Black history observance at Pentagon
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WASHINGTON (Army News Service, Feb. 14, 2011) -- A Black History Month observance at the Pentagon, Feb. 11, paid homage to African-Americans who fought in Korea and also commemorated the 60th anniversary of the Korean War.

The Korean War was the first American war in which desegregated units took part. Although President Harry S. Truman gave the orders to desegregate the military in 1948, several all-black units participated in the early stages of what some call "the forgotten war."

Col. David J. Clark, director of the 60th Anniversary of the Korean War Commemoration Committee, told ceremony attendees he found it "simply astonishing" that African-Americans went off to fight for the rights of others, while they were still lacking equal rights at home.

"If you think about it, this is one of the most selfless, patriotic, yet unrequited acts of sacrifice in American history," he said. "The irony is that it is both a tragedy and a triumph -- a tragedy that it occurred at all, but a triumph in that a fundamental injustice was such an affront to common decency that it began to turn the wheels of change in American."

Other guest speakers included Brig. Gen. Lee, Seo Young, defense attache from the Republic of Korea. On behalf of his nation, the general thanked Americans for 60 years of commitment and 60 years of friendship.

Frank Martin, producer of the documentary, "For Love of Liberty: The Story of America's Black Patriots," introduced a 15-minute segment of that film. That work, a four-hour, two-part PBS documentary, tells the story of the sacrifices and accomplishments of African-American military men and women from the American Revolution forward.

Additionally, seven Korean War veterans from all service branches told the audience of their experiences as young men in the war.

Ronald M. Joe, acting director of the Office of Diversity Management and Equal Opportunity, served as keynote speaker.

"For decades, African-American veterans were missing from our nation's memories of the Korean war," he said. "For too long they were Soldiers in the shadows, forgotten heroes, but today, it should be clear to you, to all of you, that you are forgotten no more.

"African Americans of the Korean War, we honor you. We honor your service. We thank you for your sacrifice and the sacrifice of your families and loved ones," Joe said. "You made history. You made a difference, and since the history of African-Americans is the history of America, you made a difference to us all."

Highlights of all-black units in the Korean War include:

-- The African-American 24th Infantry Regiment participated in all major operations across the Korean peninsula, from the defense and breakout at the Pusan Perimeter in 1950, to the United Nations counter-offensive that stabilized near the 38th parallel in late 1951.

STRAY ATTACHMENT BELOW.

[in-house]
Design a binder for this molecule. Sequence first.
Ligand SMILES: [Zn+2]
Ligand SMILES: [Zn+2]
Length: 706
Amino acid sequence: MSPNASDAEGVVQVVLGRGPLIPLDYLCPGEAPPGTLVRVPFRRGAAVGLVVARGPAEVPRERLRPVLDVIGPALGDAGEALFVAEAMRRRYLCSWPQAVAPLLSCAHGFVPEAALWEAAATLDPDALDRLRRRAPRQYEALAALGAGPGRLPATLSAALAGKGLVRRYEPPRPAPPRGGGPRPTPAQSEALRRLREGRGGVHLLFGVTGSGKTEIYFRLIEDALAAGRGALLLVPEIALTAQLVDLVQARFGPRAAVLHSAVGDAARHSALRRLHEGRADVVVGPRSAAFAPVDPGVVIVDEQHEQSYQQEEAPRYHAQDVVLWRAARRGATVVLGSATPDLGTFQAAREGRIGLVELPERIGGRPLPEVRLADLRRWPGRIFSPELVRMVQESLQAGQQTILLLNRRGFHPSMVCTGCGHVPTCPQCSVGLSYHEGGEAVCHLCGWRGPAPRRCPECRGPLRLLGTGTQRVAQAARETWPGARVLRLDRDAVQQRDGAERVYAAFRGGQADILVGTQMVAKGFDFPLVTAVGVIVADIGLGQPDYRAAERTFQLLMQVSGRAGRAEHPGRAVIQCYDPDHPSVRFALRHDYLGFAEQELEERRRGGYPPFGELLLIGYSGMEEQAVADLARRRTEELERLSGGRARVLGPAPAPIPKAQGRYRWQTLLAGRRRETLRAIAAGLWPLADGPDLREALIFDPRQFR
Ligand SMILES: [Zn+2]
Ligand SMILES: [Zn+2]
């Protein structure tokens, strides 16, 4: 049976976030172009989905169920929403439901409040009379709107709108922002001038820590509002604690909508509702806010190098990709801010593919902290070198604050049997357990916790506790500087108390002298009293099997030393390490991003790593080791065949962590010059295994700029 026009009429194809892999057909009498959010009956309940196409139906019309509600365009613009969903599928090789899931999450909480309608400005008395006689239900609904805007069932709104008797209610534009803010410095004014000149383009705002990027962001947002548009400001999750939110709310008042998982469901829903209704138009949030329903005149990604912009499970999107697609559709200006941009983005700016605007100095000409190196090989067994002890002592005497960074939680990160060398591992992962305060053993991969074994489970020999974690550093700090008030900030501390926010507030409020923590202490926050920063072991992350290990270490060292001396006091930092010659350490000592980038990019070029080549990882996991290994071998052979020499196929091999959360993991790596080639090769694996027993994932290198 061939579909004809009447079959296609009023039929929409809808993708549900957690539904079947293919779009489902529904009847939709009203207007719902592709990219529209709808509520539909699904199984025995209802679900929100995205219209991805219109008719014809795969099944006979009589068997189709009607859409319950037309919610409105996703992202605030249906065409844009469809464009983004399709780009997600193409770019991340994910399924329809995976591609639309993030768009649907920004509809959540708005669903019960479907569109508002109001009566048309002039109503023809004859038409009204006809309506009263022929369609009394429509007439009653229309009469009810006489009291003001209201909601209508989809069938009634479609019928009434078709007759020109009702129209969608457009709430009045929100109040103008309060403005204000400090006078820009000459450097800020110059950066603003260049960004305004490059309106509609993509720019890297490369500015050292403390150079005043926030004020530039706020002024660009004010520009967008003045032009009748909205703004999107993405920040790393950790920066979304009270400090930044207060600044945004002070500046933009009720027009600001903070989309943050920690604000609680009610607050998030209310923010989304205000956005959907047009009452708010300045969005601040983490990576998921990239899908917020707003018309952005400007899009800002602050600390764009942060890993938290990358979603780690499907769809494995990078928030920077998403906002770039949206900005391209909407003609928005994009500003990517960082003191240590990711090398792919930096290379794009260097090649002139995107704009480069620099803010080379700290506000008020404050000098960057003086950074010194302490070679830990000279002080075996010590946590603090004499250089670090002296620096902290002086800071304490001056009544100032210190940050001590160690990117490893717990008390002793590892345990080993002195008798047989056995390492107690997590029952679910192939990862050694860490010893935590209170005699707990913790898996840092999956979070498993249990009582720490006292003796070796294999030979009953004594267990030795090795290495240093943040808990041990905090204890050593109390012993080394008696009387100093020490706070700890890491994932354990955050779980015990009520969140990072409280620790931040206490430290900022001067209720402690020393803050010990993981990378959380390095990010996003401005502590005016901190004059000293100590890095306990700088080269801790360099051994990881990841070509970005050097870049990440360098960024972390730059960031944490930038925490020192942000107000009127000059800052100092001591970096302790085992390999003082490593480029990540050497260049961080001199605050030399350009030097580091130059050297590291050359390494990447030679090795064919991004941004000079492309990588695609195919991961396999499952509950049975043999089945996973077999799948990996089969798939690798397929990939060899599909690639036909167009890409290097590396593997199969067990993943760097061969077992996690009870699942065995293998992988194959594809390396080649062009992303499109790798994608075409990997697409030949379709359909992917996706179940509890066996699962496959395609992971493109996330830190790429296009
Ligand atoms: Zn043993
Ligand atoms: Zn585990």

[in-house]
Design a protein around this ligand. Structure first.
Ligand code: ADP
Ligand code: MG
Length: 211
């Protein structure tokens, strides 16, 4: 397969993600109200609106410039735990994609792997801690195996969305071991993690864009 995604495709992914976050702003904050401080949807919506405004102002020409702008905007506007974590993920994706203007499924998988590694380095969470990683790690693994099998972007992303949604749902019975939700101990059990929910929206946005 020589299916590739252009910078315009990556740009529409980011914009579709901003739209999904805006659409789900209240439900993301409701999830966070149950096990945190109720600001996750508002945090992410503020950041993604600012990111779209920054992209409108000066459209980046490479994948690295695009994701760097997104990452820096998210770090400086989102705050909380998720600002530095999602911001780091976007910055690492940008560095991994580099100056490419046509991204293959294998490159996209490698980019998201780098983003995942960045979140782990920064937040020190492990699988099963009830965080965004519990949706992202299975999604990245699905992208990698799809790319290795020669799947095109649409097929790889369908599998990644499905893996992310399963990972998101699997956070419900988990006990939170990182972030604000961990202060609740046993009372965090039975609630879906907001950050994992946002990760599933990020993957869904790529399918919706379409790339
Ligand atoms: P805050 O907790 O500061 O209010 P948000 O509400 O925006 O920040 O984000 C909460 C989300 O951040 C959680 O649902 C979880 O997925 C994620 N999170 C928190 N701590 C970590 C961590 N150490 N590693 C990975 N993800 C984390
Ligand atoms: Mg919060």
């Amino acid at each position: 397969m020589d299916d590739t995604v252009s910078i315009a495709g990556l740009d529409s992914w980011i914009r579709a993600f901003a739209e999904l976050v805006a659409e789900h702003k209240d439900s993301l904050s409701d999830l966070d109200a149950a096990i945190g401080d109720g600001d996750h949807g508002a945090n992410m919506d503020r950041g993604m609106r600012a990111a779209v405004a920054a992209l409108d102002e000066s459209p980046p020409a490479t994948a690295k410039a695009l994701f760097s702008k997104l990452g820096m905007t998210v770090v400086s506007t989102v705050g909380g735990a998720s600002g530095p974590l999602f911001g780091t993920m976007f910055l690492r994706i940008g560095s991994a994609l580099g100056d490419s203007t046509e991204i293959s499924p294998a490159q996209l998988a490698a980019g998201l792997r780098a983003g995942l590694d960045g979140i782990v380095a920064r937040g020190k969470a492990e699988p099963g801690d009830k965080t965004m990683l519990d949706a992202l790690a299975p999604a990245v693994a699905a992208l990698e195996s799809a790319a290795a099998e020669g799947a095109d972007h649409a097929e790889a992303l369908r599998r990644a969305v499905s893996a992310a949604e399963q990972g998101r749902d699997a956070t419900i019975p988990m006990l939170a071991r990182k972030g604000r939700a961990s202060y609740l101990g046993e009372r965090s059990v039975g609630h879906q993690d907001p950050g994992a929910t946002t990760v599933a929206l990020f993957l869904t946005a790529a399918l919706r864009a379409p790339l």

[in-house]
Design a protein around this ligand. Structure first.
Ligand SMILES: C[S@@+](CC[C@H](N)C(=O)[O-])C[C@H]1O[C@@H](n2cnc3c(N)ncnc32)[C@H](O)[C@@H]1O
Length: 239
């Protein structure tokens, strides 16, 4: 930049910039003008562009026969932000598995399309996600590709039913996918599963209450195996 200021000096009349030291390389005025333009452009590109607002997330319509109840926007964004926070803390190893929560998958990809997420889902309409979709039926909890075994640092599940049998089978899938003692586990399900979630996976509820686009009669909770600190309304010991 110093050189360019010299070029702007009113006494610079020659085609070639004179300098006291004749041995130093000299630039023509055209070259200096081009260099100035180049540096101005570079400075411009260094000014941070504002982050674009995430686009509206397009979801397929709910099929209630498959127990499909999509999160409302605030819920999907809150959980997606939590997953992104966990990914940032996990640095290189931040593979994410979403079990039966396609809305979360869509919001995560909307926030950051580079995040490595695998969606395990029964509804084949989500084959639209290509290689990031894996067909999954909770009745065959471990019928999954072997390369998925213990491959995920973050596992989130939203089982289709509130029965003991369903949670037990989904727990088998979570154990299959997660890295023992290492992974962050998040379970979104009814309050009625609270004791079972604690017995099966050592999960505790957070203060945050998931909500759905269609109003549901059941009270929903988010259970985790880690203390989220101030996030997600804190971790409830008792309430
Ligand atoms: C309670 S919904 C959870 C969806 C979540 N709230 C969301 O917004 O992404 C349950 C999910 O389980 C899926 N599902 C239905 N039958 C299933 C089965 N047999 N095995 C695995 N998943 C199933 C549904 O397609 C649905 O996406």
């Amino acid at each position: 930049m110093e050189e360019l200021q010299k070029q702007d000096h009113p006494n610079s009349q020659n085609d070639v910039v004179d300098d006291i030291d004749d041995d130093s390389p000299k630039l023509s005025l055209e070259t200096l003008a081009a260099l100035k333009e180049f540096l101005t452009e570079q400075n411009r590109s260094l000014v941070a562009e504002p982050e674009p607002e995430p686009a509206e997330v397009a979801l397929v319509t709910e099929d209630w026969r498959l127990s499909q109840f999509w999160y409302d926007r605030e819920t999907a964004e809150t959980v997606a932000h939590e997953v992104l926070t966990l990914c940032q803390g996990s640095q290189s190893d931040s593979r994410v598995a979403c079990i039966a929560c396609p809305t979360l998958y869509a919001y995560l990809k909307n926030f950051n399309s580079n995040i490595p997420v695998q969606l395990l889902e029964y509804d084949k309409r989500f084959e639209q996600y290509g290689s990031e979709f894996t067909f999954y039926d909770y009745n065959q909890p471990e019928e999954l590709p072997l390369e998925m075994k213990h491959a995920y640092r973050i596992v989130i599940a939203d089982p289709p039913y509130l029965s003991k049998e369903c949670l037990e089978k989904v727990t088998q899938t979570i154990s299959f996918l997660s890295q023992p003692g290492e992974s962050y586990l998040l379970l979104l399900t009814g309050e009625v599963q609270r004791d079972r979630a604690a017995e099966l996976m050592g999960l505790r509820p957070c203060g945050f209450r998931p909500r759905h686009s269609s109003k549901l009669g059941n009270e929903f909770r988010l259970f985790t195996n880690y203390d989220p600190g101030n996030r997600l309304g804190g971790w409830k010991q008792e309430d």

-- The African American 231st Transportation (Truck) Battalion was the first National Guard unit to deploy to Korea.

-- The 2nd Ranger Infantry Company (Airborne) was the first and only all-black Ranger unit in the history of the U.S. Army. The Soldiers were volunteers who deployed to Korea for seven months beginning in late 1950. During their time in-country, they gallantly defended a critical railroad running through Tanyang Pass during a night infiltration by communist forces. They also performed the first airborne assault in Ranger history, near Munsan-ni on March 23, 1951.

Highlights of African-Americans in the ground war in Korea:

-- Two African-American servicemembers of the 234th Infantry Regiment were posthumously awarded the nation's highest military decoration, the Medal of Honor, for their actions above and beyond the call of duty:

-- Pfc. William H. Thompson was awarded the Medal of Honor for his actions on Aug. 6, 1950, when he provided covering fire for his platoon despite sustaining mortal injuries.

-- Sgt. Cornelius H. Charlton was awarded the Medal of Honor for leading a charge against Hill 543 near Chipo-ri, on June 2, 1951. Charlton refused medical treatment for wounds received and single-handedly disabled an enemy machine-gun emplacement before succumbing to his injuries.

-- Roscoe Robinson Jr., a 1951 West Point graduate, was the first African-American in the Army to hold the rank of general. During the Korean War he served as a platoon leader and rifle company commander and was the recipient of the Bronze Star.

-- Julius Becton Jr. rose from private to lieutenant general, fighting in three wars during his nearly 40-year Army career. Becton was awarded the Silver Star for leading his platoon in an attack on Hill 201 near the Naktong River.

-- On July 20, 1950, Army Capt. Charles Bussey, the commander of the all-black 77th Engineer Co., was awarded the Silver Star for his action at the battle of Yechon.

Highlights of African-Americans in the Korean air war included:

-- Ens. Jesse L. Brown became the first African-American aviator in the history of the U.S. Navy. He was killed in action Dec. 4, 1950, while provided close air support at Chosin Reservoir. Brown was posthumously awarded the Distinguished Flying Cross.

-- Second Lt. Frank E. Petersen Jr. became the Marine Corps first African-American pilot and flew with Attack Fighter Squadron 212 (Devil Cats). Petersen would go on to become the first African- American Marine flag officer and retired in 1988 as a lieutenant general.

-- Air Force Capt. Daniel "Chappie" James Jr. flew 101 missions in the P-51 Mustang and F-80 Shooting Star. He received the Distinguished Flying Cross for his actions in Korea. James became the first African-American to reach four-star rank in the armed services.

Related Links: African Americans in the U.S. Army

U.S. Army Center of Military History